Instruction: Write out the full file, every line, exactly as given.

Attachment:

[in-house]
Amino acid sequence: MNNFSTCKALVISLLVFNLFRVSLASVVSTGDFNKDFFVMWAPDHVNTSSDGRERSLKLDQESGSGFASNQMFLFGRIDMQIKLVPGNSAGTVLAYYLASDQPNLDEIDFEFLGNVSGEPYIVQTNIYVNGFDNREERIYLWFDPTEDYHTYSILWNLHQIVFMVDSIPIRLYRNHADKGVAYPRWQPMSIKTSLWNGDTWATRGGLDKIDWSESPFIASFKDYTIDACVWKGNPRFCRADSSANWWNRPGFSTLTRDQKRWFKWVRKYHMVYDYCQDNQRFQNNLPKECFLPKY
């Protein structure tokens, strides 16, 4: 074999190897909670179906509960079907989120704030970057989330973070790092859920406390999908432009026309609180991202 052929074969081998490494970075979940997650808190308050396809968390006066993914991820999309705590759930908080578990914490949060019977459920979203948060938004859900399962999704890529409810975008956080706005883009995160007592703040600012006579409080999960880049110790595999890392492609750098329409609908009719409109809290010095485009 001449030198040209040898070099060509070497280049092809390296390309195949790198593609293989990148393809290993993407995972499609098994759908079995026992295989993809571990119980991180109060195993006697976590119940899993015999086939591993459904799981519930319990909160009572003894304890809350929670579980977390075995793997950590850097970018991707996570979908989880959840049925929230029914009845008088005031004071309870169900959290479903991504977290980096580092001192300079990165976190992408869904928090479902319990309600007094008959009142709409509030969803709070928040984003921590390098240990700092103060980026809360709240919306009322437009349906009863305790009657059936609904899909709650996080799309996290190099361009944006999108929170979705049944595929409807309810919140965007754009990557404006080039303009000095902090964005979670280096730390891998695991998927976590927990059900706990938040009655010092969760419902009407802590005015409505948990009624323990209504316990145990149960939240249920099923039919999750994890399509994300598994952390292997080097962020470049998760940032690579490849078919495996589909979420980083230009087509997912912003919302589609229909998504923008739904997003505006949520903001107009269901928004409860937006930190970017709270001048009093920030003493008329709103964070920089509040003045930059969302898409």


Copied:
[in-house]
Amino acid sequence: MNNFSTCKALVISLLVFNLFRVSLASVVSTGDFNKDFFVMWAPDHVNTSSDGRERSLKLDQESGSGFASNQMFLFGRIDMQIKLVPGNSAGTVLAYYLASDQPNLDEIDFEFLGNVSGEPYIVQTNIYVNGFDNREERIYLWFDPTEDYHTYSILWNLHQIVFMVDSIPIRLYRNHADKGVAYPRWQPMSIKTSLWNGDTWATRGGLDKIDWSESPFIASFKDYTIDACVWKGNPRFCRADSSANWWNRPGFSTLTRDQKRWFKWVRKYHMVYDYCQDNQRFQNNLPKECFLPKY
């Protein structure tokens, strides 16, 4: 074999190897909670179906509960079907989120704030970057989330973070790092859920406390999908432009026309609180991202 052929074969081998490494970075979940997650808190308050396809968390006066993914991820999309705590759930908080578990914490949060019977459920979203948060938004859900399962999704890529409810975008956080706005883009995160007592703040600012006579409080999960880049110790595999890392492609750098329409609908009719409109809290010095485009 001449030198040209040898070099060509070497280049092809390296390309195949790198593609293989990148393809290993993407995972499609098994759908079995026992295989993809571990119980991180109060195993006697976590119940899993015999086939591993459904799981519930319990909160009572003894304890809350929670579980977390075995793997950590850097970018991707996570979908989880959840049925929230029914009845008088005031004071309870169900959290479903991504977290980096580092001192300079990165976190992408869904928090479902319990309600007094008959009142709409509030969803709070928040984003921590390098240990700092103060980026809360709240919306009322437009349906009863305790009657059936609904899909709650996080799309996290190099361009944006999108929170979705049944595929409807309810919140965007754009990557404006080039303009000095902090964005979670280096730390891998695991998927976590927990059900706990938040009655010092969760419902009407802590005015409505948990009624323990209504316990145990149960939240249920099923039919999750994890399509994300598994952390292997080097962020470049998760940032690579490849078919495996589909979420980083230009087509997912912003919302589609229909998504923008739904997003505006949520903001107009269901928004409860937006930190970017709270001048009093920030003493008329709103964070920089509040003045930059969302898409």